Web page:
Last updated: Sep 26, 2008

OK, admit it: Youre more likely to be up on the hot new nail polish color (its gold) for fall than you are to know what kind of arch you have or the mechanics of how you walk. But how your feet are built has a lot to do with what kind of shoes you can comfortably wear. Heres what you need to know.


The all-important arch
When you walk your dog or run for a cab, that curved area on the inside of each foot between the ball and heel is almost solely responsible for supporting your body weight—and then some. Arches range from pancake-flat to sky-high, and wearing the wrong shoes for yours can be a big reason why certain pairs feel like a dream and others, a nightmare.


“If you have high arches and wear shoes designed for low arches, youre likely to strain the ligaments and tendons on the outsides of your feet and you may even develop back pain,” says Stephen Pribut, DPM, past president of the American Academy of Podiatric Sports Medicine. “If you have low arches, you wont get the support you need in shoes designed for high-arched feet, so you could wind up with problems like plantar fasciitis and tendinitis.” To find out what type of arch you have, take our quick test (below), then follow Pributs advice on what to look for on your next shoe shopping spree.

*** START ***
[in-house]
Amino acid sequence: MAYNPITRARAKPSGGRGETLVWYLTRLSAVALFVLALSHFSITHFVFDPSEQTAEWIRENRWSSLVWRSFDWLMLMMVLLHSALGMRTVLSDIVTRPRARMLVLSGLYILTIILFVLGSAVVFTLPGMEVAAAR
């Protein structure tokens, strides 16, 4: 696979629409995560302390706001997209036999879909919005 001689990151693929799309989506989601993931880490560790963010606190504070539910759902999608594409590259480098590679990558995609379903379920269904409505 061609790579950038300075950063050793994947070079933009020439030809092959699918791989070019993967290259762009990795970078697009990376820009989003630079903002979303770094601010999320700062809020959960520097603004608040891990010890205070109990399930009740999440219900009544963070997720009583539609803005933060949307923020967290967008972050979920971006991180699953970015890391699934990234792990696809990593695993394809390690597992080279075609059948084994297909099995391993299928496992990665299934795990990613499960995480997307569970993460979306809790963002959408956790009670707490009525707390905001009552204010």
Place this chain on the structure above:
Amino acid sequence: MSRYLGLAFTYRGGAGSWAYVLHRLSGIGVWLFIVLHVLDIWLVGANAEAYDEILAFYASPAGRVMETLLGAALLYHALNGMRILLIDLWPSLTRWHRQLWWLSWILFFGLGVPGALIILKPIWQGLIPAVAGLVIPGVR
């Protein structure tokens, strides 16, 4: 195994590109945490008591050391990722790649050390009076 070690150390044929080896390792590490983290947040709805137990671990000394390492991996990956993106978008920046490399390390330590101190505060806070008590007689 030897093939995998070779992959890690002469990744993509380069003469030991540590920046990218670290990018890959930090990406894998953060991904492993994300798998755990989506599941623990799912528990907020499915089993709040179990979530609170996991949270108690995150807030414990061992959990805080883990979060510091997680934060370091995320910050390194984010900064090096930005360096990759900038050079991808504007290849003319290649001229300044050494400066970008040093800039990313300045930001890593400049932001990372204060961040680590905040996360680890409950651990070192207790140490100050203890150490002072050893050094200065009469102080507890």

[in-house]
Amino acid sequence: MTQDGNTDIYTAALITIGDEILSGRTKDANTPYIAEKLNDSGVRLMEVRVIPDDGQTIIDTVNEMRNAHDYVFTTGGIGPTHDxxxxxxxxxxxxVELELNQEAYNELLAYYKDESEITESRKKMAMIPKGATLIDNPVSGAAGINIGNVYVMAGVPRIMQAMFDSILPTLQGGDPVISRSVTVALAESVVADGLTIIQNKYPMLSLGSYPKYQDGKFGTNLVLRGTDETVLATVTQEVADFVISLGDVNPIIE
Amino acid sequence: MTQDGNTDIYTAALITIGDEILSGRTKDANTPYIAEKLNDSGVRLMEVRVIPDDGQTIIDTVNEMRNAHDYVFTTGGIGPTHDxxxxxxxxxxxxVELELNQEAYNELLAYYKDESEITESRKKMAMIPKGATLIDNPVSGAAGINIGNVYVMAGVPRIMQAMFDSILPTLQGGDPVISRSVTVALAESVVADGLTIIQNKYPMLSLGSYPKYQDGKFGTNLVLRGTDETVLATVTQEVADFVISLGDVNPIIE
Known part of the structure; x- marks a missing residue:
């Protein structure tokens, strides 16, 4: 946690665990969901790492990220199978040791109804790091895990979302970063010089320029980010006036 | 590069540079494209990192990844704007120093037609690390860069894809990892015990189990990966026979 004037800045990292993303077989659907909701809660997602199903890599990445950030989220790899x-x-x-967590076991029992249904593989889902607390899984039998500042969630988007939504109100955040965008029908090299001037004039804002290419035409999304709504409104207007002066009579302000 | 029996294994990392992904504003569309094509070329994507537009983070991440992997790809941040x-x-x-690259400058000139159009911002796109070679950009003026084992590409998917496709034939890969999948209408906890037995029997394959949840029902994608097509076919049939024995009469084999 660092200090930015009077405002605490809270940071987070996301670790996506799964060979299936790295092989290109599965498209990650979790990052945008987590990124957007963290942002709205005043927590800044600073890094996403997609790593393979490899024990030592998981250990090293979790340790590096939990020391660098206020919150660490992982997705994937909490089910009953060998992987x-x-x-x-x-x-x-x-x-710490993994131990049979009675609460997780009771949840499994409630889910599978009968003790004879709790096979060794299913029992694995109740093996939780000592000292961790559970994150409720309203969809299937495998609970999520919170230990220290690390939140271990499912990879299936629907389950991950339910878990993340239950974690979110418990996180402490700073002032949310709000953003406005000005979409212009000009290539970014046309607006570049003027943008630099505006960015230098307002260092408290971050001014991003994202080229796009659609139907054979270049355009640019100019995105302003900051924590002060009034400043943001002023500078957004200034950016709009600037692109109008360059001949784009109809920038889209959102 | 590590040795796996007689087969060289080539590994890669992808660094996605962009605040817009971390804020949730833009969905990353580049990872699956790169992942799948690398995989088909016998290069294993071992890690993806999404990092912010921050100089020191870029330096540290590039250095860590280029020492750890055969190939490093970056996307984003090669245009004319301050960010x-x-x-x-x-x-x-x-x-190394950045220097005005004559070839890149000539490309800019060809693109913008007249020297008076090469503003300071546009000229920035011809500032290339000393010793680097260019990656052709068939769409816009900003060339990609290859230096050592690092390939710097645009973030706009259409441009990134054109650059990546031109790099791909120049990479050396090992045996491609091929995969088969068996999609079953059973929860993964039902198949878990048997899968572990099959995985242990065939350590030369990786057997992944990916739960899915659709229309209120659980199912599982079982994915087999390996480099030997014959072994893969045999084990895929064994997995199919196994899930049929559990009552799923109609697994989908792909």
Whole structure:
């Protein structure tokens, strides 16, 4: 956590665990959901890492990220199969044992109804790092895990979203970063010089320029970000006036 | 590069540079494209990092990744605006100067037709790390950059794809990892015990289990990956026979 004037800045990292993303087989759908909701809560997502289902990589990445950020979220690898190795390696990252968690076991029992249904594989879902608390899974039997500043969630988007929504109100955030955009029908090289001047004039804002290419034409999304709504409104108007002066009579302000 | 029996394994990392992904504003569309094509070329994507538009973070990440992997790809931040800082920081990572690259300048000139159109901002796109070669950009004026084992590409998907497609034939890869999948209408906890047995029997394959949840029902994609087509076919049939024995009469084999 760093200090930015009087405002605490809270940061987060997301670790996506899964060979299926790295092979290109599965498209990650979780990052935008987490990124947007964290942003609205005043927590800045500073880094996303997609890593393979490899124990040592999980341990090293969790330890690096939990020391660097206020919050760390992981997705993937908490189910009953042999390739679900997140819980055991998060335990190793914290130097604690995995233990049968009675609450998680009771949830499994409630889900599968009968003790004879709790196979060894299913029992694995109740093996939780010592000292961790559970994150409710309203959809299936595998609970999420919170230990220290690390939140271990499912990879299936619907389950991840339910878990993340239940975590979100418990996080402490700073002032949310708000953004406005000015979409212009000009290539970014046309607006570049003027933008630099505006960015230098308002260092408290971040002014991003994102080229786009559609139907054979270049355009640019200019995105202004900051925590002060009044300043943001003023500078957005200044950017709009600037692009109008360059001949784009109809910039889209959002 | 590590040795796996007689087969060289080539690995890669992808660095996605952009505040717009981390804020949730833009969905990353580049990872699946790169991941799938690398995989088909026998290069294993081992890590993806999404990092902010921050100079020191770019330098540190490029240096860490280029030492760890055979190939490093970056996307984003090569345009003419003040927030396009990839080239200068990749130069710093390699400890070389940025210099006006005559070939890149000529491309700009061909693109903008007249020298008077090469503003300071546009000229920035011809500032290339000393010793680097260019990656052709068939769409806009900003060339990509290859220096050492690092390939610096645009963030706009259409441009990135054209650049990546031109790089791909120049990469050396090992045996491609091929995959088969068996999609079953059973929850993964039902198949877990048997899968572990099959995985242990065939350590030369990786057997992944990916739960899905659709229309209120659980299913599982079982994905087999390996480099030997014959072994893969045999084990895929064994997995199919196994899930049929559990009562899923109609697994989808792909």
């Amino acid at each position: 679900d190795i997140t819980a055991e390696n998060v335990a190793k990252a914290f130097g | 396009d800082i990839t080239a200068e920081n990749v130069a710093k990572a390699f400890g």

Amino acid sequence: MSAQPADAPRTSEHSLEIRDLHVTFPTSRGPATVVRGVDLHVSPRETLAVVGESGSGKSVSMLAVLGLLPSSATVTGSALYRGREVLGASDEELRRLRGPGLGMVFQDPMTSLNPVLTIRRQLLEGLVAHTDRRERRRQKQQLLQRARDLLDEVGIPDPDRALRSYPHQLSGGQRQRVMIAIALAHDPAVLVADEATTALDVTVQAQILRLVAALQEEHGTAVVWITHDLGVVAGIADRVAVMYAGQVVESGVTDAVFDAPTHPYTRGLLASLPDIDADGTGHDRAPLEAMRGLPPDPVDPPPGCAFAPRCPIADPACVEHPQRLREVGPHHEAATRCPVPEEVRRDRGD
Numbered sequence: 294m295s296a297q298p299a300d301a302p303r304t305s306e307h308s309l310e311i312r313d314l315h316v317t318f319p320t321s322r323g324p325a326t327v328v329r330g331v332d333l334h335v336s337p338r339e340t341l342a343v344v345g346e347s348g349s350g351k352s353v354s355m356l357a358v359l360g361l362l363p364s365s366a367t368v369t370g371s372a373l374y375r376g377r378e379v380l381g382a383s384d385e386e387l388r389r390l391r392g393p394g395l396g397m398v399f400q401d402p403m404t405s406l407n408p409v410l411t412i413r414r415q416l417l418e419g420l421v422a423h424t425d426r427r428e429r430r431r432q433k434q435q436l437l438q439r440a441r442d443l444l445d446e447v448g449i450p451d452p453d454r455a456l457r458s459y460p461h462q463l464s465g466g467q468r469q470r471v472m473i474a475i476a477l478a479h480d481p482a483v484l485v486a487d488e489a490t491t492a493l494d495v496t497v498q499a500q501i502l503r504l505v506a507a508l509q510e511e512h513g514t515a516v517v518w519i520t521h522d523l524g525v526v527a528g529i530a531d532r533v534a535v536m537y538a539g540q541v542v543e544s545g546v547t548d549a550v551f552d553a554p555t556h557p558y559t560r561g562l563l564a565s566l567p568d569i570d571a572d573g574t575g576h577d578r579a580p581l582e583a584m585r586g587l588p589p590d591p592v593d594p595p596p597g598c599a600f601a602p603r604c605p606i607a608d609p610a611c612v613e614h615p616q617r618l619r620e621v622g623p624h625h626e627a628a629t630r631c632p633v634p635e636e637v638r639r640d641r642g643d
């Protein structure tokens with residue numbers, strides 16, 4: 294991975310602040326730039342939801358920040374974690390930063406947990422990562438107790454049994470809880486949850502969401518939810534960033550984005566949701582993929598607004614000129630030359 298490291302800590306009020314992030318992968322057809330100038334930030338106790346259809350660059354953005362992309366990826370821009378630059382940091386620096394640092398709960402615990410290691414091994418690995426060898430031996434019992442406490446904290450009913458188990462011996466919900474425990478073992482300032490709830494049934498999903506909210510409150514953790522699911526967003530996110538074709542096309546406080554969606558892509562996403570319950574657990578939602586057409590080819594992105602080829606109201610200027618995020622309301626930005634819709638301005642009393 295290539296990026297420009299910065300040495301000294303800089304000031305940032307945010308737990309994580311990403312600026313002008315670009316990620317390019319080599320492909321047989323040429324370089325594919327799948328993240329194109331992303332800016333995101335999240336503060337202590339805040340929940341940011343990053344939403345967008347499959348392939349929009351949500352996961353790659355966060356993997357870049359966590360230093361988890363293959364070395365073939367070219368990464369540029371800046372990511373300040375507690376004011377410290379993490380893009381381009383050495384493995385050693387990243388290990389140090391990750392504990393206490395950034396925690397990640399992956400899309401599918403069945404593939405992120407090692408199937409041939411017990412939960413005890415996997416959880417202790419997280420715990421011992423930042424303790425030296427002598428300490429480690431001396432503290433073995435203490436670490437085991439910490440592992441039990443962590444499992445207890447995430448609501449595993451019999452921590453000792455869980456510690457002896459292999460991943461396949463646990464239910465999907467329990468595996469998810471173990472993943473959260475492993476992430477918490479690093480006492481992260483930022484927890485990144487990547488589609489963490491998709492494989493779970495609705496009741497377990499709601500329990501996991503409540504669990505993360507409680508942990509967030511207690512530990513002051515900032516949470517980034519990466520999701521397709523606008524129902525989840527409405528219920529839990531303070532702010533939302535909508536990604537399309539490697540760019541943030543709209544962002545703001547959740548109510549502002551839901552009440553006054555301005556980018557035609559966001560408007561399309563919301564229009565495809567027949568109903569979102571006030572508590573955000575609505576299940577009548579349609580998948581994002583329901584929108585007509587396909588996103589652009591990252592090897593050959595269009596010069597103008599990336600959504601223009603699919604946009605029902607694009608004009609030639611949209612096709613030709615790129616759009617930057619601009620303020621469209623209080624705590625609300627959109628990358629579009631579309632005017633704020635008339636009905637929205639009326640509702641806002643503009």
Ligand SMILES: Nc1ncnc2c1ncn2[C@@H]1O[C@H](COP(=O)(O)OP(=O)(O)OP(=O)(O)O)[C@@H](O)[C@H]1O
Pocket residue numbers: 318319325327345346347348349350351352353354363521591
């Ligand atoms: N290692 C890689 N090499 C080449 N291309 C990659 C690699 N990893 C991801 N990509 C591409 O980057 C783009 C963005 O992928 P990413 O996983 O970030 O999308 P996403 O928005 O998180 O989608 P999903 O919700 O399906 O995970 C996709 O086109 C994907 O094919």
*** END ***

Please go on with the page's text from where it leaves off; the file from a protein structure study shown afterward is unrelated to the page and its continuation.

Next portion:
If your arch is high … you have very rigid and inflexible feet. And when you walk, youre likely to land on the outsides of your feet without rolling inward (known to podiatrists as underpronation or supination), which can lead to plantar fasciitis, tendinitis, and knee problems, if you pick unsupportive or noncushioned shoes. You may also notice that the soles of your old shoes are worn down along the outsides.

Shoe rules:
You need neutral-cushioned shoes. Look for curved, C-shaped soles and squeeze the heel areas—your ideal shoes should feel stiff, not mushy like the back of a ballet shoe. Also avoid very flat shoes, and look for cushioning under the balls of the feet and a small heel lift.

If your arch is normal … your feet will feel comfy with shoes that provide some arch support.

Shoe rules: Look for semi­curved soles, and stick with the types of shoes that have been comfortable for you in the past. Avoid the extremes: Skip superhigh heels, ballet-style flats, and any shoes you can either roll up in a ball or not bend at all.

If your arch is low … you have very flexible feet that are likely to roll inward, or overpronate, when you walk. You probably wear out your shoes on the area closest to the insides of your feet.

Shoe rules: You need shoes that offer good arch support to prevent any rolling; steer clear of pairs that are superflexible.